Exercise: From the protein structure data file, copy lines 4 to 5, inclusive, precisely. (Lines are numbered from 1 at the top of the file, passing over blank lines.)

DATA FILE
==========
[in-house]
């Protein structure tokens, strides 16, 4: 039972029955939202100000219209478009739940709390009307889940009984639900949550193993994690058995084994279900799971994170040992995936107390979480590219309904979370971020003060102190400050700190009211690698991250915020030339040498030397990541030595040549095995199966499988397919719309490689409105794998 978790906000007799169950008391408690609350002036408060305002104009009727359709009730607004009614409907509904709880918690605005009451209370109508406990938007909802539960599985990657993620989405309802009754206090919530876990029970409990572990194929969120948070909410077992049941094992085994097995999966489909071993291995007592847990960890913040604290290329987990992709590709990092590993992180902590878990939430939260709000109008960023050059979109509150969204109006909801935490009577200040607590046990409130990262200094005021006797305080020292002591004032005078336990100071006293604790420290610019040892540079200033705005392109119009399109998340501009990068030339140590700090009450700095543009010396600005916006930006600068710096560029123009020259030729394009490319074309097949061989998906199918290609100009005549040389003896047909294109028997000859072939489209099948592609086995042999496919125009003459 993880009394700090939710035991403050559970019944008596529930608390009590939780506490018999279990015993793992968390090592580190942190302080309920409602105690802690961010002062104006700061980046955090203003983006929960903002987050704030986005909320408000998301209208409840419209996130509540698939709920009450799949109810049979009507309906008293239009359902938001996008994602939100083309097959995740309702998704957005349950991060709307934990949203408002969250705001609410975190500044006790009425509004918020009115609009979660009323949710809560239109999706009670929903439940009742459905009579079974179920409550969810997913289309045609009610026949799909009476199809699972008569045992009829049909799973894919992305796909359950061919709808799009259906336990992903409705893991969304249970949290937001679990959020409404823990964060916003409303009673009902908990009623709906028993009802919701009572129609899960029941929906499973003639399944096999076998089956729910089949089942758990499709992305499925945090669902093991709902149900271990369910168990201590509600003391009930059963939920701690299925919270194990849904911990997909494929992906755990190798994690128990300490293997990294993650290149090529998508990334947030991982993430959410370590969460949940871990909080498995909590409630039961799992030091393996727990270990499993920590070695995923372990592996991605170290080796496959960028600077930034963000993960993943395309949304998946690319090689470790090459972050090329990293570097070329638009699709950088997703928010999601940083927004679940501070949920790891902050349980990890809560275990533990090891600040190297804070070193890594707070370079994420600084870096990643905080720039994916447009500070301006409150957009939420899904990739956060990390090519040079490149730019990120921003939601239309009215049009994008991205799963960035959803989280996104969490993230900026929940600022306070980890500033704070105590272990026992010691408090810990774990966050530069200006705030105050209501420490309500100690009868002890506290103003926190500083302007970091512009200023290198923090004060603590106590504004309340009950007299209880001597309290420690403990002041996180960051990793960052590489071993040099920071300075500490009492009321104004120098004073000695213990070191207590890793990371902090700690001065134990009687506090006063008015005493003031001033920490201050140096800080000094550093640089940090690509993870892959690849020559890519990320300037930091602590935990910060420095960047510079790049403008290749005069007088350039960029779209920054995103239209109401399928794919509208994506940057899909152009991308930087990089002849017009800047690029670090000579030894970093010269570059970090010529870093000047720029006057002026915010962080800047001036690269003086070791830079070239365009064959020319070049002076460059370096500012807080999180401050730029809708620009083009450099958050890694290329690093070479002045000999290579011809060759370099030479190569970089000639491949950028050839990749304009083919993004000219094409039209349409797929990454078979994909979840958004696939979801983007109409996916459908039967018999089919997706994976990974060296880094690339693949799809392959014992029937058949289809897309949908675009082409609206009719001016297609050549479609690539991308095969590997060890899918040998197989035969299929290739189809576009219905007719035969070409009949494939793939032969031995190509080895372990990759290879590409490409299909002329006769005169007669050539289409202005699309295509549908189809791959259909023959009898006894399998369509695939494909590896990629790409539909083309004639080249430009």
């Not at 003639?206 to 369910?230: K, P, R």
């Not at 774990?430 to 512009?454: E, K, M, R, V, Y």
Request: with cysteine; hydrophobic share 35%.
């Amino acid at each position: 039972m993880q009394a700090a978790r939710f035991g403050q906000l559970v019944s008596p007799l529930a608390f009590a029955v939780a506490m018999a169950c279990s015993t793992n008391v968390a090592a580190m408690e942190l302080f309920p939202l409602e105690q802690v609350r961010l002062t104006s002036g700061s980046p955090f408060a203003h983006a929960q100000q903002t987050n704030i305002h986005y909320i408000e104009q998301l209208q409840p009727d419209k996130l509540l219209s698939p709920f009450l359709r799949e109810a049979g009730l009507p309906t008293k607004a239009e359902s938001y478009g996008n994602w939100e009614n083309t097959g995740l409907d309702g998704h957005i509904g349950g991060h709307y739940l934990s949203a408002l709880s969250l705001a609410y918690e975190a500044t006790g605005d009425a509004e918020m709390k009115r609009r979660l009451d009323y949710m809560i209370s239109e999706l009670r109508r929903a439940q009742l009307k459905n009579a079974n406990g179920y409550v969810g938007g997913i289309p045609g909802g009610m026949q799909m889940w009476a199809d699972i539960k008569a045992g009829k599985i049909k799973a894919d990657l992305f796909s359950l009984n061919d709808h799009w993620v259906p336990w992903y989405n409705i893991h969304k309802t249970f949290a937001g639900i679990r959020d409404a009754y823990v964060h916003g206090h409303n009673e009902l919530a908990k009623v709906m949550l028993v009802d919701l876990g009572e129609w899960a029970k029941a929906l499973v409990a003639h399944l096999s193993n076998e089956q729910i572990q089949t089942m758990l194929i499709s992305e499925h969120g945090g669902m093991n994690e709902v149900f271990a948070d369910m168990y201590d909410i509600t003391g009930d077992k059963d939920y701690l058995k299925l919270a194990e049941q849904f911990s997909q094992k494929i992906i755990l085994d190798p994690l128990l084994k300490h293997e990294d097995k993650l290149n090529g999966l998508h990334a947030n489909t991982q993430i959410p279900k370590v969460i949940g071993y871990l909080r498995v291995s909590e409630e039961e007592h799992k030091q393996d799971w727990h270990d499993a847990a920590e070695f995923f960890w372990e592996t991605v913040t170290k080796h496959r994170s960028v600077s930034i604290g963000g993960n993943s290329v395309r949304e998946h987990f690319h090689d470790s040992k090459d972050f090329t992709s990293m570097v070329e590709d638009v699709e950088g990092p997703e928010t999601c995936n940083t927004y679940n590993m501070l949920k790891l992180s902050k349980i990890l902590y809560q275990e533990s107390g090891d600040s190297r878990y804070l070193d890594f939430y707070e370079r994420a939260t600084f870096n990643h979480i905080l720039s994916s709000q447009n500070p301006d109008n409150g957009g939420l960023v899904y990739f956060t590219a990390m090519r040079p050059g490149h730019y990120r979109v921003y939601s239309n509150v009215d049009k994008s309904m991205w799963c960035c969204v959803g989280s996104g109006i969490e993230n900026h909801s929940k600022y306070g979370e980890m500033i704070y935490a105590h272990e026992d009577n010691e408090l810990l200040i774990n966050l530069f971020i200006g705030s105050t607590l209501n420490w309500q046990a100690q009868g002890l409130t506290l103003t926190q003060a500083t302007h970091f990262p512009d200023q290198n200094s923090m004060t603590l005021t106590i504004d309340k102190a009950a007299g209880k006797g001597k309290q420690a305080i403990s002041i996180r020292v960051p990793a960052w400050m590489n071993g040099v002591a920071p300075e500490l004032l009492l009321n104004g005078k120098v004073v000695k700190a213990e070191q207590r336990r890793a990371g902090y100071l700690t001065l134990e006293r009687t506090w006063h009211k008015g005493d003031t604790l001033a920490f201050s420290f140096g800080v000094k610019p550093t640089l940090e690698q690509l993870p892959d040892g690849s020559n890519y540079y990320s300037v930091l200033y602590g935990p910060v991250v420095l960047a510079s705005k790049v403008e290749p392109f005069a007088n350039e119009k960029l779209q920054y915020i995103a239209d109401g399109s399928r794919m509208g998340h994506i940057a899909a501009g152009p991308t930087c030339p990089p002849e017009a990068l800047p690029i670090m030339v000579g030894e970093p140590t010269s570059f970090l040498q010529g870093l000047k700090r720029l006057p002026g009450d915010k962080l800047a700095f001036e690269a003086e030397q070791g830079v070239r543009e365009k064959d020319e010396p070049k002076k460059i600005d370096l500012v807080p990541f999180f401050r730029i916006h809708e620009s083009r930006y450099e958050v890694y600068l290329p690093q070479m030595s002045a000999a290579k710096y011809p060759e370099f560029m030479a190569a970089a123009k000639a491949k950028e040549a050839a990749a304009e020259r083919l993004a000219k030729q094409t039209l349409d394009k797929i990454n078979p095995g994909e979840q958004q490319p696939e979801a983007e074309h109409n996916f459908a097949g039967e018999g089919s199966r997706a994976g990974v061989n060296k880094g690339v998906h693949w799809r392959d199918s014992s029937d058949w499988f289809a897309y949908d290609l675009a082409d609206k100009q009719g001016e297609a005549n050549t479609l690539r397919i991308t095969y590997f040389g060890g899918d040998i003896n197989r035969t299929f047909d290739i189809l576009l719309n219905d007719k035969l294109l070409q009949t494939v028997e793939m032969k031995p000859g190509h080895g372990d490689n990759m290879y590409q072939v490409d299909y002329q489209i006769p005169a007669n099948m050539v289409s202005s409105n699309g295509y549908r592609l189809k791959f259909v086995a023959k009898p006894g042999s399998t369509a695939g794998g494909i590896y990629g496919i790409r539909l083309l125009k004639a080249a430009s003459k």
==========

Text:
């Not at 774990?430 to 512009?454: E, K, M, R, V, Y």
Request: with cysteine; hydrophobic share 35%.